Hell, what you think you might want now may be very, very different when you get back anyway! Go, enjoy your trip grasshopper! We'll all be here to give you more specific advice when you get back.
Apr 7, 2013 11:49 AM
6Thanks guys :D definately made me feel more confident about the whole thing. As has been mentioned I probably will have to get into work for a couple of years to save up more. If I go straight after college the most Ii would have is about 5-6 grand in total. Nonetheless, thanks :D Wooo adventure :D
Apr 7, 2013 5:20 PM
7Working for a year or so after graduation is a wise choice (for both finances and work experience), but remember there's endless possibilities.
I couldn't wait to leave the UK so, with a little experience under my belt, I travelled for a bit then worked in Australia, travelled some more, and now working in Montreal. I've managed to build a career this way and travel at the same time. Now I'm working on moving into freelancing so I don't put my career on hold during the rtw trip I'm planning next year. And being location-independent when it comes to work means you can travel as you please and settle in whichever country takes your fancy with more ease.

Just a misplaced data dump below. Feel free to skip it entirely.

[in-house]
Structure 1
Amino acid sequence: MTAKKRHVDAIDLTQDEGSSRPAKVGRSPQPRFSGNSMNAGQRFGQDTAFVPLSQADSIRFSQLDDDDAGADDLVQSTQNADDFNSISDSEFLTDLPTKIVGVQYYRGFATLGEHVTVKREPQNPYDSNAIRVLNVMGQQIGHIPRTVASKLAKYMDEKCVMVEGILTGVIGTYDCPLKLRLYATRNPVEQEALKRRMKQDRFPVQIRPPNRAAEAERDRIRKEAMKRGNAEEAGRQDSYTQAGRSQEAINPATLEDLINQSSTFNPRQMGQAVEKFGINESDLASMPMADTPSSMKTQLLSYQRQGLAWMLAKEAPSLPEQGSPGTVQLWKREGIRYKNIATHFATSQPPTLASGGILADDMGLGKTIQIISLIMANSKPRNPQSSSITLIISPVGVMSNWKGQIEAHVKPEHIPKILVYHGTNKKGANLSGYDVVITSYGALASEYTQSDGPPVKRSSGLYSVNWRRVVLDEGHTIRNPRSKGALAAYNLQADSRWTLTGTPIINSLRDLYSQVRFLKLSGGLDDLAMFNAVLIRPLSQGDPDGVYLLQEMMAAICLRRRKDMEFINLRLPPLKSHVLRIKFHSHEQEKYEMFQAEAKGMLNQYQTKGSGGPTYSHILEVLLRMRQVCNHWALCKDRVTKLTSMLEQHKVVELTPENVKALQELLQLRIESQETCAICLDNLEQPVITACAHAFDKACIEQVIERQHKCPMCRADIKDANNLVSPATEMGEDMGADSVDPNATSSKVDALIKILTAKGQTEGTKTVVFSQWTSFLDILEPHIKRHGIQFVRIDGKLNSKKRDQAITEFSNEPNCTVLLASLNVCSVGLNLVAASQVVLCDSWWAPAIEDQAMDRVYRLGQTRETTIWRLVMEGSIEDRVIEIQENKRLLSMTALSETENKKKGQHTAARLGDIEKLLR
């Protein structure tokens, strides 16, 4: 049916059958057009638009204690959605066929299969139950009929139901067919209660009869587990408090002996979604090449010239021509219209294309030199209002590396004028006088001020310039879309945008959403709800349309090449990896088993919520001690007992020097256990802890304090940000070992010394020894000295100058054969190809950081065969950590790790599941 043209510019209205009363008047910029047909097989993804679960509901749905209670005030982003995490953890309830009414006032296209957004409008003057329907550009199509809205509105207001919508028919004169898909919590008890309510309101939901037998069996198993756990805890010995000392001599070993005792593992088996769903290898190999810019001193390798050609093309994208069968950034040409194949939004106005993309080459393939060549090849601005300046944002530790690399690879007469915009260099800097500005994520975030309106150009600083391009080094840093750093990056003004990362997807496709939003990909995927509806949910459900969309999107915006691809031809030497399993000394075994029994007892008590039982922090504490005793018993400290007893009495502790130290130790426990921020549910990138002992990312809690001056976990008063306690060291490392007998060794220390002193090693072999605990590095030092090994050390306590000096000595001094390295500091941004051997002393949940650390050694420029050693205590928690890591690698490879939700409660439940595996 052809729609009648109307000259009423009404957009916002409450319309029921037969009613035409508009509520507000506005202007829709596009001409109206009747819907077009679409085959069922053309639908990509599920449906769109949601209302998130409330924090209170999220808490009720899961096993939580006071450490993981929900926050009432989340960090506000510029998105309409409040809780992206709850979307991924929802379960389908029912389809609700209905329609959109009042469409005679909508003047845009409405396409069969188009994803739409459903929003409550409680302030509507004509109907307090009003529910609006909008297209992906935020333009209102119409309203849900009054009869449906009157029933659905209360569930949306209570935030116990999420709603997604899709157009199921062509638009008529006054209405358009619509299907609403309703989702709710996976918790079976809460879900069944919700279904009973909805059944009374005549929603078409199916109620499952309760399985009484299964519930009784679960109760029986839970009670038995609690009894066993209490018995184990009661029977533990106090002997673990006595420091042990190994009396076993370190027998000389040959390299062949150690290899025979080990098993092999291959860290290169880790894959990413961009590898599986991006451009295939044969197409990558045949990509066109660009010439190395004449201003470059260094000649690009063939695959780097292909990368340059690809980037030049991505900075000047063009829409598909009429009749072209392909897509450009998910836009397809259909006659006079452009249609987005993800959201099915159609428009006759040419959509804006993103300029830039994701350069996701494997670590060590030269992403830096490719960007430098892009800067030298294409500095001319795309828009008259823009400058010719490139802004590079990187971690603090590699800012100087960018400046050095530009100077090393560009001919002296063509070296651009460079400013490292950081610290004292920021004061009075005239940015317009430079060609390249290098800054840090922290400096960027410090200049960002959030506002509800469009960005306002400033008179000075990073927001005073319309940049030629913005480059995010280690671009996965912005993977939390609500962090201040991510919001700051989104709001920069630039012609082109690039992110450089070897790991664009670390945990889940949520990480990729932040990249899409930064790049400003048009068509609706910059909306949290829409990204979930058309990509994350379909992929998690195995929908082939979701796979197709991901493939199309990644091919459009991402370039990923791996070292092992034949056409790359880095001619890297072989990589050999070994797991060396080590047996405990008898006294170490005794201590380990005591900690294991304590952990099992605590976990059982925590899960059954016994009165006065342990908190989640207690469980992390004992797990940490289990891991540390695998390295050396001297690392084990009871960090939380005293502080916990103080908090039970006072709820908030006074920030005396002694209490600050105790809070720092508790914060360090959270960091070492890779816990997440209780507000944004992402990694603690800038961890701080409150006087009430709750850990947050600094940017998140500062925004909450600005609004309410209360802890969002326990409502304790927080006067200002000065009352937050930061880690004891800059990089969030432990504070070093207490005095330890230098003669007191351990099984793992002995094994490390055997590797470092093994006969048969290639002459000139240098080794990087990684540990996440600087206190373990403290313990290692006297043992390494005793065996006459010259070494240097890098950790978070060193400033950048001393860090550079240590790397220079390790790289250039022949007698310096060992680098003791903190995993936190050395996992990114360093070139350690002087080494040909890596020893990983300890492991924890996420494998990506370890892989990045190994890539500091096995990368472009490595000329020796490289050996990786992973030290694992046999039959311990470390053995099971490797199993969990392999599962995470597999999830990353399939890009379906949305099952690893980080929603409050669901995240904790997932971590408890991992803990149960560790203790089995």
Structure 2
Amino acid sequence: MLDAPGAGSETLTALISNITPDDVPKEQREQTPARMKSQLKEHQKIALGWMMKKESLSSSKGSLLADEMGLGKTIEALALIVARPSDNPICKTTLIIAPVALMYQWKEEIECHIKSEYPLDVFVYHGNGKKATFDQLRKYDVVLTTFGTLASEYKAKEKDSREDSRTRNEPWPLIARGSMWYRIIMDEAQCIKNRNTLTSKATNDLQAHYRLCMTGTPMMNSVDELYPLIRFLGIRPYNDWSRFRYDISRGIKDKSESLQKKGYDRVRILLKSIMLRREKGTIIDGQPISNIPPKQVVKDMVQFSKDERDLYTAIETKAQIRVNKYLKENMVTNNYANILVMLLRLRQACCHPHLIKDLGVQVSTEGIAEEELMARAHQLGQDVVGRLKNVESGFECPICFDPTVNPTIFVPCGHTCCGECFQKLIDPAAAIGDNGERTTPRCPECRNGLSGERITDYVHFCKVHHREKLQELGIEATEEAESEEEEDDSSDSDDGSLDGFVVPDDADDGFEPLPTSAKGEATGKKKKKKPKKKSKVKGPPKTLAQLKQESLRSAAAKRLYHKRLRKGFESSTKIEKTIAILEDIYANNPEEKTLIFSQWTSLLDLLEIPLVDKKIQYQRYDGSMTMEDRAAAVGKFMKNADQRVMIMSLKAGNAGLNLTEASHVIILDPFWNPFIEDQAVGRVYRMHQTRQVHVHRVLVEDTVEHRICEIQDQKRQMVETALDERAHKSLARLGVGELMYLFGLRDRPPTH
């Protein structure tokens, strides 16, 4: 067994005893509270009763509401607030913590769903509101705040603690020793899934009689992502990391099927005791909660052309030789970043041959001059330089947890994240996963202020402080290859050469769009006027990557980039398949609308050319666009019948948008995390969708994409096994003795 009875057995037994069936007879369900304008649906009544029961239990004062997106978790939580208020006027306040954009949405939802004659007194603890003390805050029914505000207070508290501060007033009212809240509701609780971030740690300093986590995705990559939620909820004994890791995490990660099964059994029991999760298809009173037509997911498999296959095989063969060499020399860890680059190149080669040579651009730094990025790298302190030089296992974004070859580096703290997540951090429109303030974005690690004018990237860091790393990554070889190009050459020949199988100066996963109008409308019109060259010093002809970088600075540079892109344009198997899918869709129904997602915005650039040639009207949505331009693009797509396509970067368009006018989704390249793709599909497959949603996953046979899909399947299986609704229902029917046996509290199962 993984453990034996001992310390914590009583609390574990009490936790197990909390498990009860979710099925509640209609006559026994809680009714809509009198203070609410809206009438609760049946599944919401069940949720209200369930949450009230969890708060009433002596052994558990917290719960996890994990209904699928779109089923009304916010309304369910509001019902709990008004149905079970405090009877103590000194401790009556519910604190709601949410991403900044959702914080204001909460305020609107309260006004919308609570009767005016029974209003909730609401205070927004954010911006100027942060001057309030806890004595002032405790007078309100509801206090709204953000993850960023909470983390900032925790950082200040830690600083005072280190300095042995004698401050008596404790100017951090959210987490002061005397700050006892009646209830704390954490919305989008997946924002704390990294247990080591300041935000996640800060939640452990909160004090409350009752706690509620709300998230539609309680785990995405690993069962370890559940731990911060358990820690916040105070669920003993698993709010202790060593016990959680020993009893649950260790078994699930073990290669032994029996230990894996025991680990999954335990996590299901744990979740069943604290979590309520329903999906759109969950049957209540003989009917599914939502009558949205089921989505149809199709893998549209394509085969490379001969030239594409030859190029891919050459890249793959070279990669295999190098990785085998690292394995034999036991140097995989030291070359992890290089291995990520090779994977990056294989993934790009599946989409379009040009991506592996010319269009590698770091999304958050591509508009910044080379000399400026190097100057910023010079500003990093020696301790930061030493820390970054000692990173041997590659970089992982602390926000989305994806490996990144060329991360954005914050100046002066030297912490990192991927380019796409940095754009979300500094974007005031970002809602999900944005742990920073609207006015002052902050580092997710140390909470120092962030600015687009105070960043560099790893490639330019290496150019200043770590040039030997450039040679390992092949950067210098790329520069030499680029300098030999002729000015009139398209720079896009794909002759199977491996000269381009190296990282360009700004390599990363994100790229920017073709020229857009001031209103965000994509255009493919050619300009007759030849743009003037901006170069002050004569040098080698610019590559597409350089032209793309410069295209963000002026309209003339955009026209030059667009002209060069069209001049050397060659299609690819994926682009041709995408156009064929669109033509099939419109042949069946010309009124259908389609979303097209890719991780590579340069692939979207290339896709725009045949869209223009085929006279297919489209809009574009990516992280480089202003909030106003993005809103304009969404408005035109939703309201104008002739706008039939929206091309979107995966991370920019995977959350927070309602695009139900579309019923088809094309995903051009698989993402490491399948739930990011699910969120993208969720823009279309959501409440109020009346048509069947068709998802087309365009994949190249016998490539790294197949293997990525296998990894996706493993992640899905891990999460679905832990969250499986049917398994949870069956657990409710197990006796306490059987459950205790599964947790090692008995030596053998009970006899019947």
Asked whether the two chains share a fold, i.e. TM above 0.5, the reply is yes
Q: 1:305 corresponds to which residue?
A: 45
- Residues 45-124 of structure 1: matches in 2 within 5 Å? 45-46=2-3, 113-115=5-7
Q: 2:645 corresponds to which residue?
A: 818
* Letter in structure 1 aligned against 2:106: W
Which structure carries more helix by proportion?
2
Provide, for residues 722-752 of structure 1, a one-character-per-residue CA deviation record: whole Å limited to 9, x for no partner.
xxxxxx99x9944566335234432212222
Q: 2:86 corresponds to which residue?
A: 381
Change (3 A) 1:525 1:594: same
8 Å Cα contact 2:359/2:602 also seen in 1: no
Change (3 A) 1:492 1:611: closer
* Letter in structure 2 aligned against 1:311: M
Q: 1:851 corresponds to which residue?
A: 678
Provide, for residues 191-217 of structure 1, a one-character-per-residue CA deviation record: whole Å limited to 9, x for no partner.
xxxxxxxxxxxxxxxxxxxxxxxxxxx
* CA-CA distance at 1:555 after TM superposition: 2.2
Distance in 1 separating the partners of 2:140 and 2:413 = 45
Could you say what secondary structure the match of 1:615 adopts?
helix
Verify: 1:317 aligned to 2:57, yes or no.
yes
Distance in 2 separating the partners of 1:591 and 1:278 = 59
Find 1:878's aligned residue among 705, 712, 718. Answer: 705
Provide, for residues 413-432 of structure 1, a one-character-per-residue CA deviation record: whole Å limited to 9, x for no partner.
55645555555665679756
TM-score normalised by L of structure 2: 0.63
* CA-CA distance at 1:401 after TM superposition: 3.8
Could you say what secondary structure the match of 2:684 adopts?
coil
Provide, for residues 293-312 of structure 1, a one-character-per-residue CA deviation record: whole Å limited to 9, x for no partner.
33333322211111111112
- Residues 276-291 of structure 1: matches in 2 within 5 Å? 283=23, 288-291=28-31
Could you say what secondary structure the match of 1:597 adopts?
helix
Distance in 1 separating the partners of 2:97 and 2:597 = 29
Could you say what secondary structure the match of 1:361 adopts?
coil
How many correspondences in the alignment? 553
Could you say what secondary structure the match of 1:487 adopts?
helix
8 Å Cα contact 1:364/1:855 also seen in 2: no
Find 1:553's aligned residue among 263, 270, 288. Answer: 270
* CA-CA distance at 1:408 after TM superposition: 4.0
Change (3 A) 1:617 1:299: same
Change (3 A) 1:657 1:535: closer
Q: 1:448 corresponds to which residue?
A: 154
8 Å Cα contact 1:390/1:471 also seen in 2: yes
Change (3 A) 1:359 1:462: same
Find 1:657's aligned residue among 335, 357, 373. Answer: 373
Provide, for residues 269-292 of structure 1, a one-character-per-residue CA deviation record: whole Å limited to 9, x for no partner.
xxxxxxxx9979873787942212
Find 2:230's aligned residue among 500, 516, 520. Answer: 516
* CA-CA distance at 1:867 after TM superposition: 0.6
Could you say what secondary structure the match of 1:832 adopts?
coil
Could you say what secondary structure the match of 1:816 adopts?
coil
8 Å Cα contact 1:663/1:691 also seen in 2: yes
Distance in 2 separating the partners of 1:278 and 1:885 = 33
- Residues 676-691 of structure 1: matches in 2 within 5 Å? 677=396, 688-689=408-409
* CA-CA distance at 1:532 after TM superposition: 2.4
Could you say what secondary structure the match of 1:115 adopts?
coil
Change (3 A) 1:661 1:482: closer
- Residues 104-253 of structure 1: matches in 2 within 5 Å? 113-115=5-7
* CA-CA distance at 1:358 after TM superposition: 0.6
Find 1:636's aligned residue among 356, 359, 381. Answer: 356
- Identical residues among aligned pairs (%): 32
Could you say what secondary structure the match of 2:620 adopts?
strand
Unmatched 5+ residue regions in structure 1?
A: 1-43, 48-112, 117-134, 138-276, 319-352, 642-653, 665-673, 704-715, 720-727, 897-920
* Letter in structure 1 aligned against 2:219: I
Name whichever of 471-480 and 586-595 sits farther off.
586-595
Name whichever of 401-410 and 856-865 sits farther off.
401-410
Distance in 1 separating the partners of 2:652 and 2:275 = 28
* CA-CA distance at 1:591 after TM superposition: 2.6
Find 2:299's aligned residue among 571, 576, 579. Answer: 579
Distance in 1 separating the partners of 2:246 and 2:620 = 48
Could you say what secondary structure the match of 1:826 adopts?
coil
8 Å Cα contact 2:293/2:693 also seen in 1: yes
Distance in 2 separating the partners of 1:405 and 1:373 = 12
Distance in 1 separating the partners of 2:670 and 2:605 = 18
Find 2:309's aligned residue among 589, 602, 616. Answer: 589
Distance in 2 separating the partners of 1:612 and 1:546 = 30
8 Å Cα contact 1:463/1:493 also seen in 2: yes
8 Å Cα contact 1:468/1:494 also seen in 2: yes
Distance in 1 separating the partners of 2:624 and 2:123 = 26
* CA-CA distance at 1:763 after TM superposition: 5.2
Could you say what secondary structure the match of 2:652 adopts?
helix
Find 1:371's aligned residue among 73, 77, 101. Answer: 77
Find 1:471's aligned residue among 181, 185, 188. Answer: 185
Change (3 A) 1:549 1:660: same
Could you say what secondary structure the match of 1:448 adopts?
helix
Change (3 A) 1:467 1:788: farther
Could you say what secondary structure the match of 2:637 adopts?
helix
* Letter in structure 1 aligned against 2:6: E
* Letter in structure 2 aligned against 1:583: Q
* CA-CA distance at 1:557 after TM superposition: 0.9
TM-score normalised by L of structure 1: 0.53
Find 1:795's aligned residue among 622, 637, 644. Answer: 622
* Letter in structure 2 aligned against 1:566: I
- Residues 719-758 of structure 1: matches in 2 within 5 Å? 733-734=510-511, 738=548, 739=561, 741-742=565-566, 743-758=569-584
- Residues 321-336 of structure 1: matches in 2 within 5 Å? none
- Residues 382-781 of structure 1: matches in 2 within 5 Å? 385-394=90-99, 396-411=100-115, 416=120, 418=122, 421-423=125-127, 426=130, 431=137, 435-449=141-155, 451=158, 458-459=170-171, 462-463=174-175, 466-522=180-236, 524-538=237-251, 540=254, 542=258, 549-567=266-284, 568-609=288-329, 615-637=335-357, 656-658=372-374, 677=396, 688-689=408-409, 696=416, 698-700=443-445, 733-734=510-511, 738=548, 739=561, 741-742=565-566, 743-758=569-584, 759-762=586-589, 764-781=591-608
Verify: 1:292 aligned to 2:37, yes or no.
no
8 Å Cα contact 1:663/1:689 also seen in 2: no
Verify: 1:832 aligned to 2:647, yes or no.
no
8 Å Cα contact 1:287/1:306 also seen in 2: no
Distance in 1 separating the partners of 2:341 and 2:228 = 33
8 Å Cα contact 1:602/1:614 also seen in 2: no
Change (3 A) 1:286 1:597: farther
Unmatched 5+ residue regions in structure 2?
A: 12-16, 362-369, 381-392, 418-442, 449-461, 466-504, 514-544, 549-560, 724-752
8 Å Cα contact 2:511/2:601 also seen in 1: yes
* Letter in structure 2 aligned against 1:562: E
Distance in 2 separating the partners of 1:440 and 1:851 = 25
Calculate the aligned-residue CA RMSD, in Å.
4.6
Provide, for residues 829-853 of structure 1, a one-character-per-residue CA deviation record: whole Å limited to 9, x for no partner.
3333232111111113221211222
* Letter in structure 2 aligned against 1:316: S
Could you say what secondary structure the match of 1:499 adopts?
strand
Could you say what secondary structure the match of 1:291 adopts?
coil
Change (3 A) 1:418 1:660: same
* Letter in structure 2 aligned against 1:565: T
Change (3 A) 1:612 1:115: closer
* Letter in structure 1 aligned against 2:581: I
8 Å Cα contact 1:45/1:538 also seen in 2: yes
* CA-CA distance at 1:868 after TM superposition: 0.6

Basically what I'm saying is. At uni, they teach you to believe there's one path: study, graduate, gap year, come home and work or fall behind on a career. When in fact, this really isn't the only option. It's really not a choice between travel or career.
Apr 8, 2013 2:00 PM
May 3, 2013 2:41 PM
9You will go and have a great time, you will come back and try and tell others about your time away, you will try and show off all your photos, then you will see their eyes glaze over, then they will tell you everything you missed on the telly
They will think you are weird for just up and going, but sharing it with anyone forget it, unless you have some close mates who share your intrests in tavel
I know I was in the Forces for 16 years, and people dont really care about where you have been, what you have done, they are all wrapped up in their own lives
Just get out there and do it, come back and worry later, the future hasnt been written yet, and you can say well 'What If ? and go nowhere
Just go and post a blog